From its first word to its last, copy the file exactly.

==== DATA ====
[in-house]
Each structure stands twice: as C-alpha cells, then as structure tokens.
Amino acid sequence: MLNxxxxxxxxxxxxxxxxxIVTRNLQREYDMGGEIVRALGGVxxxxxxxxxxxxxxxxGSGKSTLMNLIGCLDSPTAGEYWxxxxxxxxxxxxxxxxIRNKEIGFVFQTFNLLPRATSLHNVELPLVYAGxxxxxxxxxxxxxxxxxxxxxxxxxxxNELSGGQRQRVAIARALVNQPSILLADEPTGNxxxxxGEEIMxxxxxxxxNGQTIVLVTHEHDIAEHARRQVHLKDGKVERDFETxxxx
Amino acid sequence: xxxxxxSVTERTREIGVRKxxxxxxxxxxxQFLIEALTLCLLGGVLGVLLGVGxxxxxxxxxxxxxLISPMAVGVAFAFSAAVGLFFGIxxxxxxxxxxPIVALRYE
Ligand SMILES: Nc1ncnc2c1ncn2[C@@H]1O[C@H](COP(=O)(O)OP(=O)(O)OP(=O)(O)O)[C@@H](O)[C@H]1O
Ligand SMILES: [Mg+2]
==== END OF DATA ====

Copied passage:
[in-house]
Each structure stands twice: as C-alpha cells, then as structure tokens.
Amino acid sequence: MLNxxxxxxxxxxxxxxxxxIVTRNLQREYDMGGEIVRALGGVxxxxxxxxxxxxxxxxGSGKSTLMNLIGCLDSPTAGEYWxxxxxxxxxxxxxxxxIRNKEIGFVFQTFNLLPRATSLHNVELPLVYAGxxxxxxxxxxxxxxxxxxxxxxxxxxxNELSGGQRQRVAIARALVNQPSILLADEPTGNxxxxxGEEIMxxxxxxxxNGQTIVLVTHEHDIAEHARRQVHLKDGKVERDFETxxxx
Amino acid sequence: xxxxxxSVTERTREIGVRKxxxxxxxxxxxQFLIEALTLCLLGGVLGVLLGVGxxxxxxxxxxxxxLISPMAVGVAFAFSAAVGLFFGIxxxxxxxxxxPIVALRYE
Ligand SMILES: Nc1ncnc2c1ncn2[C@@H]1O[C@H](COP(=O)(O)OP(=O)(O)OP(=O)(O)O)[C@@H](O)[C@H]1O
Ligand SMILES: [Mg+2]